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A Feminist Retelling of George Orwell's '1984' and Double Standards in the Gender Debate

2024-04-12 07:57:37.700000

Sandra Newman has produced a feminist retelling of George Orwell's 'Nineteen Eighty-Four' titled 'Julia' [34592d9a]. The novel explores how the story might have looked if it had been told from the perspective of a woman. Newman gives Julia, a marginalized character in Orwell's original work, a last name, a fully developed backstory, and a rebellion driven by love. The article questions why Julia is characterized by traditional 'feminine' traits and why she isn't portrayed as an intellectual rebel in her own right. It also discusses the division within the women's movement between maternalist or biological feminists and equal rights feminists, suggesting that Newman's book aligns with the former camp. The article explores the implications of Newman's retelling and how it relates to Orwell's original work [34592d9a].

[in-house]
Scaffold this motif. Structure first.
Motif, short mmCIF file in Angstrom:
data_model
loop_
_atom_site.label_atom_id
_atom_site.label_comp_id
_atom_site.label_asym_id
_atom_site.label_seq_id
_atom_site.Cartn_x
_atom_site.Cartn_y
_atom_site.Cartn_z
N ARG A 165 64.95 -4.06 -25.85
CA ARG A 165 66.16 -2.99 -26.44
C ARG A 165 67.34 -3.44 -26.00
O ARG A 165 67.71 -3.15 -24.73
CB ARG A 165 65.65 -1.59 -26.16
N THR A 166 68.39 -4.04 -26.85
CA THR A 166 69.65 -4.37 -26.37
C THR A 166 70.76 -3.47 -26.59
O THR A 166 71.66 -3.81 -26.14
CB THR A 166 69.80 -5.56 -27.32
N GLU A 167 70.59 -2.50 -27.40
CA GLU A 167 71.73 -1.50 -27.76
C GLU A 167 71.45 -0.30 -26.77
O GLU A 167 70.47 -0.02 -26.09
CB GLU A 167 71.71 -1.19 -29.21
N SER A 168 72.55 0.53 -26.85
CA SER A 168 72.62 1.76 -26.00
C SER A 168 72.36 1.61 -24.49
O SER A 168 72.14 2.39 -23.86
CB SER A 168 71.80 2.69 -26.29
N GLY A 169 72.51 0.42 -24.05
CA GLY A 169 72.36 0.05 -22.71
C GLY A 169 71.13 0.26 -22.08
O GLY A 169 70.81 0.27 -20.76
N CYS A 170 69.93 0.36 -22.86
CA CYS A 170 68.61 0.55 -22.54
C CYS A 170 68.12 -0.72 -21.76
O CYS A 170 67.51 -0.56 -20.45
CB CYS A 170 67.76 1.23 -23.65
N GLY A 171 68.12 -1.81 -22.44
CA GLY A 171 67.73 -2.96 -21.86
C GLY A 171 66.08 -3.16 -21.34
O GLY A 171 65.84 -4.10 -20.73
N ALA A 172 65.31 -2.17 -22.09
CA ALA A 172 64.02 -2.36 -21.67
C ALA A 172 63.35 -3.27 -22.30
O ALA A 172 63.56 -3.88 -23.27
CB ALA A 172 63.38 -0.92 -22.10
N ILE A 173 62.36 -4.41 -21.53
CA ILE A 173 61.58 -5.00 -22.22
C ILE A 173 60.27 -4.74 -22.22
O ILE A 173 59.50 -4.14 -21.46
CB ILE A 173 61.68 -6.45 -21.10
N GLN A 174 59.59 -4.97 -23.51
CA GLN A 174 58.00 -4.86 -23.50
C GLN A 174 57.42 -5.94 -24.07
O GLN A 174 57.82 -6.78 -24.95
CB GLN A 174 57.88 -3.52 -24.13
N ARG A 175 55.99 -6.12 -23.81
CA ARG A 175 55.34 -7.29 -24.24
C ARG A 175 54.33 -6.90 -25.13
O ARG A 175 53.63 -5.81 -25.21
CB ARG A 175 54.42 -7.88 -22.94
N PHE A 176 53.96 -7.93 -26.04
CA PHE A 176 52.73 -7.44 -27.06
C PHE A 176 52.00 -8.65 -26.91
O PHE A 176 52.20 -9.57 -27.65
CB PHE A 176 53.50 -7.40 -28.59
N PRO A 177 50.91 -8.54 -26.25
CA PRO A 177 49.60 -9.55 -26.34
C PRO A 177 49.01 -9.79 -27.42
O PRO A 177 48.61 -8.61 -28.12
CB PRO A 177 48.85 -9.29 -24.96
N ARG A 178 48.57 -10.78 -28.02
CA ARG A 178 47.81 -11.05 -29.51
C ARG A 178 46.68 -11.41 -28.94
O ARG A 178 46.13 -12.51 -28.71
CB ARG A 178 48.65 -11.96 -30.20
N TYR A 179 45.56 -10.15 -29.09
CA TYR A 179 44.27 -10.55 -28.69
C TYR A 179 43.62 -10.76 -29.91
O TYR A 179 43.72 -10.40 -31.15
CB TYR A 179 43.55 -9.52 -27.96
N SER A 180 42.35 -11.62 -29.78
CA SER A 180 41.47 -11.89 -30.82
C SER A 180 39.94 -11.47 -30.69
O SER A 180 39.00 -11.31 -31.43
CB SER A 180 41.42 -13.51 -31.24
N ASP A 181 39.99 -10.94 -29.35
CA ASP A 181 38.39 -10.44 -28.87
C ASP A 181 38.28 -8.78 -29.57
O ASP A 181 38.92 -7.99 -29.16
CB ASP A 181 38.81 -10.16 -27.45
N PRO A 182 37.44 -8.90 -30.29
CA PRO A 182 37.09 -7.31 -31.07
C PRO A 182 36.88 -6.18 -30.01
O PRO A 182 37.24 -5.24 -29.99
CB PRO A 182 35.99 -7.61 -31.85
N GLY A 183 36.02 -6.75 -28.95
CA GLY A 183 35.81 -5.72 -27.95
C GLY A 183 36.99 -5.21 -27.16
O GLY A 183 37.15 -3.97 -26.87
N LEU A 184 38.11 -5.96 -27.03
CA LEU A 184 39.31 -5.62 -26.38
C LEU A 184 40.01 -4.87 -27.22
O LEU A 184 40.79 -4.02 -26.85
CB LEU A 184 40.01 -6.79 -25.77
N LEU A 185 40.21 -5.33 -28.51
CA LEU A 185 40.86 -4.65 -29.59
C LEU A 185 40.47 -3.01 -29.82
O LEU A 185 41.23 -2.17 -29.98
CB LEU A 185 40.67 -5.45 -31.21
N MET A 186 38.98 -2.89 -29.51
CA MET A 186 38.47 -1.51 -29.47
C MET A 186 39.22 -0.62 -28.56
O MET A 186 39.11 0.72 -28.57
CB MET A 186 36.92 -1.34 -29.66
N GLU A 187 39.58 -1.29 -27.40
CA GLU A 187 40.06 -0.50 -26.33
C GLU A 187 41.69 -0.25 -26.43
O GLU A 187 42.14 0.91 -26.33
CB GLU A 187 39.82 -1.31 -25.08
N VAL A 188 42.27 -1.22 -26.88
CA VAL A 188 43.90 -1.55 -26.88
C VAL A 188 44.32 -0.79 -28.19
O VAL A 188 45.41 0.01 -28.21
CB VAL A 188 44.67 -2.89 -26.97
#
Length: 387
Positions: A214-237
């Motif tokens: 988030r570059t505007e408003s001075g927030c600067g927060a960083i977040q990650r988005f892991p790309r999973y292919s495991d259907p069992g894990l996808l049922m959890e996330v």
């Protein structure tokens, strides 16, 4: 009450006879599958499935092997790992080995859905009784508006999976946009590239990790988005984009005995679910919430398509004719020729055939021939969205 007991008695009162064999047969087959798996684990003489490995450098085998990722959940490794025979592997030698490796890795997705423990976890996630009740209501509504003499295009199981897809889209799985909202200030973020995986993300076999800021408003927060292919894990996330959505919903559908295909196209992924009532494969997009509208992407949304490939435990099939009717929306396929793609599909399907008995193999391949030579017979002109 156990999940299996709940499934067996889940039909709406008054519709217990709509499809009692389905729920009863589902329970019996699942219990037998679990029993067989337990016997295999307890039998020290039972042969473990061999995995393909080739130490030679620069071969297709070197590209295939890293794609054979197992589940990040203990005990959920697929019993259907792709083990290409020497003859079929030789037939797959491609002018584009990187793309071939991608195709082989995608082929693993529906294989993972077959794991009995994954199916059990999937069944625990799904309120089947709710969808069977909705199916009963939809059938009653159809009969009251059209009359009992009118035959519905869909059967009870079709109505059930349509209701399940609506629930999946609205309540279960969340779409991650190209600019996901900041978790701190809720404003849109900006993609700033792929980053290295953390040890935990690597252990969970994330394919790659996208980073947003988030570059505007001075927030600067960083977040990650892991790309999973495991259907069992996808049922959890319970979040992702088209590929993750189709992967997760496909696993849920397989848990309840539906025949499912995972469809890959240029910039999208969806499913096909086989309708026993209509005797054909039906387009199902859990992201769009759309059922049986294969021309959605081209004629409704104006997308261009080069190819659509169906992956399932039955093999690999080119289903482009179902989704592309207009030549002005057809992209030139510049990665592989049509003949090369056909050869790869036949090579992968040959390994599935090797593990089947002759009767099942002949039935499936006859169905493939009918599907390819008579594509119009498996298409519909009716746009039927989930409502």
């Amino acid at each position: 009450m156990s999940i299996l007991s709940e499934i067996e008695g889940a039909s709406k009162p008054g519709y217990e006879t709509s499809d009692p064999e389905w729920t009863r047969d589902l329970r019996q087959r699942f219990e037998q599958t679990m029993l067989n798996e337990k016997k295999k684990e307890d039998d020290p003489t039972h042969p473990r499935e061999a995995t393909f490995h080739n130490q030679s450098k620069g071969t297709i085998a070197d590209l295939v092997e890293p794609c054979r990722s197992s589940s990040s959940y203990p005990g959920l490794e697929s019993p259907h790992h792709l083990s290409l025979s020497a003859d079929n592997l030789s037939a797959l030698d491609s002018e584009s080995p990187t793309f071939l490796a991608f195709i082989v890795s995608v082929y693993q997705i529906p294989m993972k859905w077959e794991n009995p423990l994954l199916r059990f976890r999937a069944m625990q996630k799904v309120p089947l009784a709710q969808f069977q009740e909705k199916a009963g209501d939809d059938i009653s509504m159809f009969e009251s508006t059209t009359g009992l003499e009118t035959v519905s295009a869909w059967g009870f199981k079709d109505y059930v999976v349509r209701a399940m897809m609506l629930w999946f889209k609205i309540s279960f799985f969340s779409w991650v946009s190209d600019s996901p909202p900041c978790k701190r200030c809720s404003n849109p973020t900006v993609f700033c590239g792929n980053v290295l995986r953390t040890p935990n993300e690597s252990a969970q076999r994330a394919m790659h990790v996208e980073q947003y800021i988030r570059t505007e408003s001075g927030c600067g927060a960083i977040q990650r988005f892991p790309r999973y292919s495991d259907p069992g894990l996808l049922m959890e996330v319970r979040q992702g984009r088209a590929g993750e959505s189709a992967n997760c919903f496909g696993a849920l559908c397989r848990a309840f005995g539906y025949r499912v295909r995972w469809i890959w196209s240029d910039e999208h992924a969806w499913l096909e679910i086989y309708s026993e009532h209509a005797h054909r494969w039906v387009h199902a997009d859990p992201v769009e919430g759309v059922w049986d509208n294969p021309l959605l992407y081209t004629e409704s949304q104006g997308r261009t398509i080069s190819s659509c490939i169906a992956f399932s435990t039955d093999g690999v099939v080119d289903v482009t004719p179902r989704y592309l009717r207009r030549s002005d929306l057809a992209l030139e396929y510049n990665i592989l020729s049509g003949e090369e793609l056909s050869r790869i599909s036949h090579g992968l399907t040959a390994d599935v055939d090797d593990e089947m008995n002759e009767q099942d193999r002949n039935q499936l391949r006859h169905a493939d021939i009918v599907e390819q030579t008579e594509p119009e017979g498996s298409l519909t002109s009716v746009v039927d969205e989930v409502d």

In a separate article by Holly Lawford-Smith on Quillette, Lawford-Smith criticizes Judith Butler's book 'Who's Afraid of Gender' as leftist political propaganda masquerading as academic work [adcfba6c]. Lawford-Smith argues that Butler's book undermines the ideals it professes and engages in hypocrisy. She accuses Butler of engaging in censorship by defending 'gender' while ignoring the censorship of gender-critical ideas and research. Lawford-Smith also criticizes Butler's misrepresentation of gender-critical feminists and her use of the term 'fascism' to label those who oppose gender identity ideology. Overall, Lawford-Smith argues that Butler's book is poorly argued, contains sloppy writing and citations, and is a thinly-disguised piece of political propaganda [adcfba6c].

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